- After ensuring the wires are in place within the van, we must ensure that the entry mount is thoroughly attached to the roof. Use the lap sealant to glue the mount to the inside of the van roof. The sealant will help prevent potential water leakage through the screws and into the van.
- The gluing is a two-step process.
a)- After a generous lap sealant application on the entry mount, hold the mount firmly on the roof beneath the holes for two minutes.
b)- Post step 1, apply an additional sealant on the sides of the entry mount to seal the deal.
While connecting the charge controller to your batteries, ensure that its positive terminal is connected to the battery’s positive, and the same goes for the negative or ground terminal as well.
Once the solar panel attachment is complete, the red and black wires beneath them may look a bit glaring. To avoid this situation, you can always go ahead by applying a coat of white paint on their exteriors so that they don’t stand out much when looked at from the outside.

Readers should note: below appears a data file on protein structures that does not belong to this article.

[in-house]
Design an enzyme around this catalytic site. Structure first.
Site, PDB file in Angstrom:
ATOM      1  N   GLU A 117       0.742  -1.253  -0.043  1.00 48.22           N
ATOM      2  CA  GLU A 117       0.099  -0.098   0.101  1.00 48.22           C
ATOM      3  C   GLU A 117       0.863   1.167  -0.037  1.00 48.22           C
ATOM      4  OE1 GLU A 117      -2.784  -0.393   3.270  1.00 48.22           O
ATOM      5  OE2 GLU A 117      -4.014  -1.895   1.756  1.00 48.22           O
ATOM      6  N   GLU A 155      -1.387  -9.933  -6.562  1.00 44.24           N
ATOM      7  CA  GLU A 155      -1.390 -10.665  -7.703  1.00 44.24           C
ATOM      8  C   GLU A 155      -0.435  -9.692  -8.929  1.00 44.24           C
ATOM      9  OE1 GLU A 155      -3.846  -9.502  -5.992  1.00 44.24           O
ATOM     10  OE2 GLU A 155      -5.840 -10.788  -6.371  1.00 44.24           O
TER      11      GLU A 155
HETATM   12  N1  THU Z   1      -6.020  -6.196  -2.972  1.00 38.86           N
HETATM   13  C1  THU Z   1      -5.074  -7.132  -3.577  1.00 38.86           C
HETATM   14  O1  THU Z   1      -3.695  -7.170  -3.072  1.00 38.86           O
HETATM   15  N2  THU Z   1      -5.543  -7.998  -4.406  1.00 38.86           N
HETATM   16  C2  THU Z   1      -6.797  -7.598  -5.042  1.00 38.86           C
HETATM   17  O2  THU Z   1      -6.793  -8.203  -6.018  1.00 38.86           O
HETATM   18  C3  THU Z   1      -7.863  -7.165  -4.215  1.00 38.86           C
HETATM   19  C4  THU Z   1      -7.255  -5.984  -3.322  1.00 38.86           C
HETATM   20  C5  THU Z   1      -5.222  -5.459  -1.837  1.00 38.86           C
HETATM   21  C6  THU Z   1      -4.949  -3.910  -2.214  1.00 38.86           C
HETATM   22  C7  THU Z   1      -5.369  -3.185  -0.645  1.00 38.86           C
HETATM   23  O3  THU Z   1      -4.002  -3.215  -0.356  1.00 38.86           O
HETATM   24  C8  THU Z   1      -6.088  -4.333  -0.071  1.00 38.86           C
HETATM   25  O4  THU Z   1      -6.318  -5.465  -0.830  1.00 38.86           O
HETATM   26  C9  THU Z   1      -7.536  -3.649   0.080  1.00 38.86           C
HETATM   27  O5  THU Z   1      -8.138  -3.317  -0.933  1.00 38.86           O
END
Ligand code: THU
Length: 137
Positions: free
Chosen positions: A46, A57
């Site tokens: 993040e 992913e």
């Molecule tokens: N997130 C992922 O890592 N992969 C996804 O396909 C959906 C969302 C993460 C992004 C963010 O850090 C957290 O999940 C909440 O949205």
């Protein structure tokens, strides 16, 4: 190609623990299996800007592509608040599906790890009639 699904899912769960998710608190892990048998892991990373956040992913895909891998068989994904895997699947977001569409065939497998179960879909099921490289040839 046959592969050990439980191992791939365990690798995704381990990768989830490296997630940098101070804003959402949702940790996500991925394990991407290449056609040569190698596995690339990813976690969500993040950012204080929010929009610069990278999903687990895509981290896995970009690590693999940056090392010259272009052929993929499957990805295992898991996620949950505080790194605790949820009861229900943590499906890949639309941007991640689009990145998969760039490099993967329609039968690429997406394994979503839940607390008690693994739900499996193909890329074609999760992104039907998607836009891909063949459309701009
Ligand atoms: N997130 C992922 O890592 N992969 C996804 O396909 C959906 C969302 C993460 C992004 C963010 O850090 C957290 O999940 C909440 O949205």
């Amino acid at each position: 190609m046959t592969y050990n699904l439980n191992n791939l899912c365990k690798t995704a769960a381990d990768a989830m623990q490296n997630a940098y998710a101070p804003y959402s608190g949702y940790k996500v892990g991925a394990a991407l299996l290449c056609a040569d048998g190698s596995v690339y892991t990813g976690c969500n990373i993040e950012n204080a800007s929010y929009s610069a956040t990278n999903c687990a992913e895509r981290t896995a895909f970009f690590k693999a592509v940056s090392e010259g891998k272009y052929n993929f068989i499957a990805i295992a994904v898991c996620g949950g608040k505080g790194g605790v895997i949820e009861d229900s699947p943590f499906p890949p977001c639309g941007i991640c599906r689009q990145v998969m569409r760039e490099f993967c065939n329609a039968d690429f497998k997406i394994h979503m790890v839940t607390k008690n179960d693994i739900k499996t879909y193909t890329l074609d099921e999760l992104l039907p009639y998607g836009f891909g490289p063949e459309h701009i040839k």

Step 6 – Test the Panels
If the sun is out there, cross-validate your newly attached solar panels by connecting the wires inside the van with voltmeters. It will show a reading. With this testing step, we have come to the end of attaching the solar panels.
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It is now time to celebrate the achievement with your partner with a beer. You are now all set to connect the wires to the required electrical / electronic gadgets once you finish the wiring inside the van. You have brought in solar power inside your van / RV. You no longer need to rely on alternators or other conventional electric power systems to run your appliances in the van. The solar panel attachment is just the first phase after which, is installing all the necessary appliances to the wires. They will then be solar-powered.
You can now live the van life completely off-grid. Happy camping, fellas!